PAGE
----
Banks in Luxembourg have sufficient own funds to face potential difficulties with a CET1 ratio of 25,1%. With 25,9% solvency ratios remained well above the thresholds and banks show a high level of capitalisation.
Online banking and digital payments boast high utilisation rates with 96% for the 25-34 age range making use of online banking. Also, debit or credit card transactions have accounted for 63% of the total payments in volume in 2018.
Loans increased by 6.7% year-on-year, thanks to the contribution of the retail banking, corporate banking and private banking sectors. At the same time, the evolution of deposits is stable. On a general basis, deposits are still higher than loans, ensuring a robust stability and a high liquidity in all credit institutions.
Over the last years, Luxembourg’s stable and diversified financial ecosystem has facilitated the establishment of new banks incorporating their European hubs in Luxembourg, including the seven largest Chinese banks – Bank of Communications, the China Merchants Bank, the Agricultural Bank of China, the Bank of China, the Industrial and Commercial Bank of China, the China Construction Bank and the China Everbright Bank. Chinese banks led the sector in terms of year-on-year balance sheet growth in 2018.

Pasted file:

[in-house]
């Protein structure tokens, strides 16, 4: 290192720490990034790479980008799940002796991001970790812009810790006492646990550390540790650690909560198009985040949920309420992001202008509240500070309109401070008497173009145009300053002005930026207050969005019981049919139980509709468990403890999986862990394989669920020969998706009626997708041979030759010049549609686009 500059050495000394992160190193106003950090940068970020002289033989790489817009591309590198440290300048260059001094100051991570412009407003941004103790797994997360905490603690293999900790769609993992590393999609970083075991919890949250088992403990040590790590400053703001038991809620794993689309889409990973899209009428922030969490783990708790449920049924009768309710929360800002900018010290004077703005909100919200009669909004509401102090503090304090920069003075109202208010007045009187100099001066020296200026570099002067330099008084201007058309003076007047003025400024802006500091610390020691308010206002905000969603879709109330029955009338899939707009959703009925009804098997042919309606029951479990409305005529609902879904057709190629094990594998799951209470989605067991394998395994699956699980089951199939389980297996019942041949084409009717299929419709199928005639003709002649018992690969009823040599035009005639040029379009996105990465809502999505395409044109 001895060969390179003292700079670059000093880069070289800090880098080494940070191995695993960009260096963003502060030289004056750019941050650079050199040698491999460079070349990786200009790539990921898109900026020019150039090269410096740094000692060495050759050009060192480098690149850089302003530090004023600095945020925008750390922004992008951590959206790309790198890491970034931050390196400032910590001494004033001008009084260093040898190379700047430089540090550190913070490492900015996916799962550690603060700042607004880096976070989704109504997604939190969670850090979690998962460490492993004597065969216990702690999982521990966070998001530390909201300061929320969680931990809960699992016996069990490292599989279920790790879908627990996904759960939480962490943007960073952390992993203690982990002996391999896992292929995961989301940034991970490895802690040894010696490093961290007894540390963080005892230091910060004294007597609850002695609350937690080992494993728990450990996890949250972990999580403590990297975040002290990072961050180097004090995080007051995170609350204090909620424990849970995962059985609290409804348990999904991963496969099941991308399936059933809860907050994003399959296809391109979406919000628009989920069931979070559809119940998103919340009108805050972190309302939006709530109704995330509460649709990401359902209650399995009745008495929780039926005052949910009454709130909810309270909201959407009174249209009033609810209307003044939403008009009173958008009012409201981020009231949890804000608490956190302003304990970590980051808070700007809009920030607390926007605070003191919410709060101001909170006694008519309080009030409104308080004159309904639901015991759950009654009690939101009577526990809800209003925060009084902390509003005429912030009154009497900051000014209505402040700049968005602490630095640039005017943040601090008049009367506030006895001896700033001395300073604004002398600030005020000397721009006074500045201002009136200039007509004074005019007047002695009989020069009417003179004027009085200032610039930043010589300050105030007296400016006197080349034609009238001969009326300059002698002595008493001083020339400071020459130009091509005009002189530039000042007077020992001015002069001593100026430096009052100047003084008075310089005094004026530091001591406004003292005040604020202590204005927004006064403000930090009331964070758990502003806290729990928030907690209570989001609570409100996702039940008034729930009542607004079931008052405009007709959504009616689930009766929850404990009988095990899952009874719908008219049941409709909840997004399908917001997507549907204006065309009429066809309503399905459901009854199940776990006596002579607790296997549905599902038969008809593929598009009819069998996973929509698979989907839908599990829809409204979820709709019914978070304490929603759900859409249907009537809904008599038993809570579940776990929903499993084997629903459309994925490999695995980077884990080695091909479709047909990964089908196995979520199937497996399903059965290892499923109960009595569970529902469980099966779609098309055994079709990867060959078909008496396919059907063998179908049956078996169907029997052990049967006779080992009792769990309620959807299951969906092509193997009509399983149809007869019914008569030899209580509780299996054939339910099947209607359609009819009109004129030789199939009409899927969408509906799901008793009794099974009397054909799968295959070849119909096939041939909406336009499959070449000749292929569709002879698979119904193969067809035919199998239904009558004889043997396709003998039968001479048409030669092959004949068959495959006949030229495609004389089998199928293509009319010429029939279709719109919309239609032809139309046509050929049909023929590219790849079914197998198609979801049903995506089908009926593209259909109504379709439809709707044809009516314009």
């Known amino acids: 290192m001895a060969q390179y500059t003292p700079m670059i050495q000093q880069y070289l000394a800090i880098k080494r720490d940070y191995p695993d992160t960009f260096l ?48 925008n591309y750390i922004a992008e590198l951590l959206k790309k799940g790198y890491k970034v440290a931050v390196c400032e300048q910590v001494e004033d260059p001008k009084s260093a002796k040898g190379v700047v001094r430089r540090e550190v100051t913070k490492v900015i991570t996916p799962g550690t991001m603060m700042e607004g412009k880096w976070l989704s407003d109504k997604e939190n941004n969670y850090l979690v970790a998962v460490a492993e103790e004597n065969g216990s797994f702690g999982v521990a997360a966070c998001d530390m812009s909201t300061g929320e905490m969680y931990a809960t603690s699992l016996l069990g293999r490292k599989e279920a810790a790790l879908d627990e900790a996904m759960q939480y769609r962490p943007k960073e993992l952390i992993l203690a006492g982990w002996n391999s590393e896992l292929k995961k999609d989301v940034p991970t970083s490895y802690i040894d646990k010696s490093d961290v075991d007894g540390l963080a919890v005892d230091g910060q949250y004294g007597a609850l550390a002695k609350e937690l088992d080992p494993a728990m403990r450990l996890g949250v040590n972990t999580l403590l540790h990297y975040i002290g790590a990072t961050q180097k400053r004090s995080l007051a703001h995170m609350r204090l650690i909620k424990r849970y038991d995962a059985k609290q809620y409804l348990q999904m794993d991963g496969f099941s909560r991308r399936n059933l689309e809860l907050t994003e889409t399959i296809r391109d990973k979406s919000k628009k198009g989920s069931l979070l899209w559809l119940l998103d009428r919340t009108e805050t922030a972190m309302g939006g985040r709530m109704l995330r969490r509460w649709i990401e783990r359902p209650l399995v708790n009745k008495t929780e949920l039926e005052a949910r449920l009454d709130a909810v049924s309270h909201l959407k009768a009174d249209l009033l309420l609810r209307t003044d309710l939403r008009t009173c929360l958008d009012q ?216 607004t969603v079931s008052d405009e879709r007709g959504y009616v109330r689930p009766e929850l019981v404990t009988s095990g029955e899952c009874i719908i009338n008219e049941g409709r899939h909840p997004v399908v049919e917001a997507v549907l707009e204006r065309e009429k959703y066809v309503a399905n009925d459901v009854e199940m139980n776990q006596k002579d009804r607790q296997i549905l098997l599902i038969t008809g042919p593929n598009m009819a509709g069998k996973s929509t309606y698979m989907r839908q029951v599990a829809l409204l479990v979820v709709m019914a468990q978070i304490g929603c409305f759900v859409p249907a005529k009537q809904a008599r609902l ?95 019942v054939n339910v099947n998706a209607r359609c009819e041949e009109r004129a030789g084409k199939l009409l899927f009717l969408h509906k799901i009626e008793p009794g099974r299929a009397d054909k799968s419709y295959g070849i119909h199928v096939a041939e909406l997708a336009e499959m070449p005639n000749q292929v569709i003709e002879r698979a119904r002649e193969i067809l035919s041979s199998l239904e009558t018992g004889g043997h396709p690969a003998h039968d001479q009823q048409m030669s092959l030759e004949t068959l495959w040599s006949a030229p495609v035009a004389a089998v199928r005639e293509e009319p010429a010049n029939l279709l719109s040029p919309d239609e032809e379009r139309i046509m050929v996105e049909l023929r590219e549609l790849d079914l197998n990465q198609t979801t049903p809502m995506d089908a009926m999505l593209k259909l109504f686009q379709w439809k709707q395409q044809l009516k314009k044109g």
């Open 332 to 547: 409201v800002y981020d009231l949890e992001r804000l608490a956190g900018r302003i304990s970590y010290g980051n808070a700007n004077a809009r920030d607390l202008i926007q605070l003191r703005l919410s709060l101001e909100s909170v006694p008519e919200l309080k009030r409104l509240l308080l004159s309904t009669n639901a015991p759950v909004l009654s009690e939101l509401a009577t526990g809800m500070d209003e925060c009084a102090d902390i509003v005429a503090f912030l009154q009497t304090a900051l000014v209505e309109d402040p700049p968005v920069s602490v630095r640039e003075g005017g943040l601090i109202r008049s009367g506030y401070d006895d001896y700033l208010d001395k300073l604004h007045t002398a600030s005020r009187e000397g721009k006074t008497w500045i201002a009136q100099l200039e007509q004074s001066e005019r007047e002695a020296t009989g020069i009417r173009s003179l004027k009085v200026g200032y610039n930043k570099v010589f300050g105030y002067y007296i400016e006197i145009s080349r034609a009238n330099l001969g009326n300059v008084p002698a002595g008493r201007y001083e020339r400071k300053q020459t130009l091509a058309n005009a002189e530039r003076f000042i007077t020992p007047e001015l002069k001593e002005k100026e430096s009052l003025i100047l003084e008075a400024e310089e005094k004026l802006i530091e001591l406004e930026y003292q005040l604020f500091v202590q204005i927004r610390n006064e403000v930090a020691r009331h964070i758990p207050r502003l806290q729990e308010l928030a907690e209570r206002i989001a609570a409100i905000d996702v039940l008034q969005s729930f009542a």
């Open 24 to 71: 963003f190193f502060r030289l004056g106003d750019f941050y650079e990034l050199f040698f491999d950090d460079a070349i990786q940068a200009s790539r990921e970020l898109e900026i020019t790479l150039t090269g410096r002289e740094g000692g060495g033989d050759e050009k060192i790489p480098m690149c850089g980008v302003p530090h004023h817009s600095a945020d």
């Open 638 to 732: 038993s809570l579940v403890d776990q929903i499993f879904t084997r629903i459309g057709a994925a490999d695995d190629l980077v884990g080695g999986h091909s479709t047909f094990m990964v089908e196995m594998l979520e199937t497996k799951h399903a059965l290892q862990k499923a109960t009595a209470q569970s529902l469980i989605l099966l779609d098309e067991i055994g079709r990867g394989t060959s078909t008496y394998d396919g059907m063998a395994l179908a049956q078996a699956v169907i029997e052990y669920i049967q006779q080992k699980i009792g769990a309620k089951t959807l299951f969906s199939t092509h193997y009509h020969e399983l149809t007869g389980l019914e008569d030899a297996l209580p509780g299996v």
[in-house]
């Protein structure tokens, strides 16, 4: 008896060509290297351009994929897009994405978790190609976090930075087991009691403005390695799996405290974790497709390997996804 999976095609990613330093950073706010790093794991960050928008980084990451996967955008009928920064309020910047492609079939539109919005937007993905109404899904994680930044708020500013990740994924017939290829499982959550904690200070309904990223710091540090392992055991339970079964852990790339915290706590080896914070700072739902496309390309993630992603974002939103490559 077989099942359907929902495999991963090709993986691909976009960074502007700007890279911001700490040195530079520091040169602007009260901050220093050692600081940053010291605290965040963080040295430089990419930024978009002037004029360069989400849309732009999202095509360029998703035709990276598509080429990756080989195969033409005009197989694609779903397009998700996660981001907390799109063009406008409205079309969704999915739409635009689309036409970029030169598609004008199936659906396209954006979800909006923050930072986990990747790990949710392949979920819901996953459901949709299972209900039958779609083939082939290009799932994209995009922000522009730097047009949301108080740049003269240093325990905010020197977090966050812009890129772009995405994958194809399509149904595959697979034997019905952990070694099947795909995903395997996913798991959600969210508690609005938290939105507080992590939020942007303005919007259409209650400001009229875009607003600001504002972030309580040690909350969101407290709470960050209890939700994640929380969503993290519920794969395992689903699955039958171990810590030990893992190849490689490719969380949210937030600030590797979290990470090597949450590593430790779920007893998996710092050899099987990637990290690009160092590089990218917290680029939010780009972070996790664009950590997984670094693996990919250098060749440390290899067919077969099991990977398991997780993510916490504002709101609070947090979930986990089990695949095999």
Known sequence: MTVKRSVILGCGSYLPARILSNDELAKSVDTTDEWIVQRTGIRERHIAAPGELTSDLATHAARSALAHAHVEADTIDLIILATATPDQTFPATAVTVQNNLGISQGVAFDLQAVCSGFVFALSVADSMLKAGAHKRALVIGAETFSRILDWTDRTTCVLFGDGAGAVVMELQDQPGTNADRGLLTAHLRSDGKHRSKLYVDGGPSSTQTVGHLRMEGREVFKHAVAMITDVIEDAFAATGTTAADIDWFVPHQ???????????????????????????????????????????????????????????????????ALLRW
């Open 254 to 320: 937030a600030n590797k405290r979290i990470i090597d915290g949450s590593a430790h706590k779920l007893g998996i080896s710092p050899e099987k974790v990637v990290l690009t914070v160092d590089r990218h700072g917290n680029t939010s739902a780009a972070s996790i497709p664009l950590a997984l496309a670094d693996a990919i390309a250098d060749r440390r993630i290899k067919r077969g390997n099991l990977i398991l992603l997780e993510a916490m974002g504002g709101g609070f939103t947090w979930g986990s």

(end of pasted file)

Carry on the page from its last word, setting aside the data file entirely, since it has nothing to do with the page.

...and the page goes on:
Luxembourg’s commitment to sustainable finance has created an ideal environment for mobilising international capital for green projects. Luxembourg is a frontrunner in pushing for the most advanced solutions, testing and implementing new approaches to ensure that sustainable finance products are widely available.
In October 2018, Luxembourg’s Government, together with the United Nations Environment Programme Finance Initiative (UNEP FI), officially launched the Luxembourg sustainable finance roadmap.
According to the first sustainable finance survey conducted in 2017 by the Luxembourg Bankers’ Association among the country’s foremost financial institutions: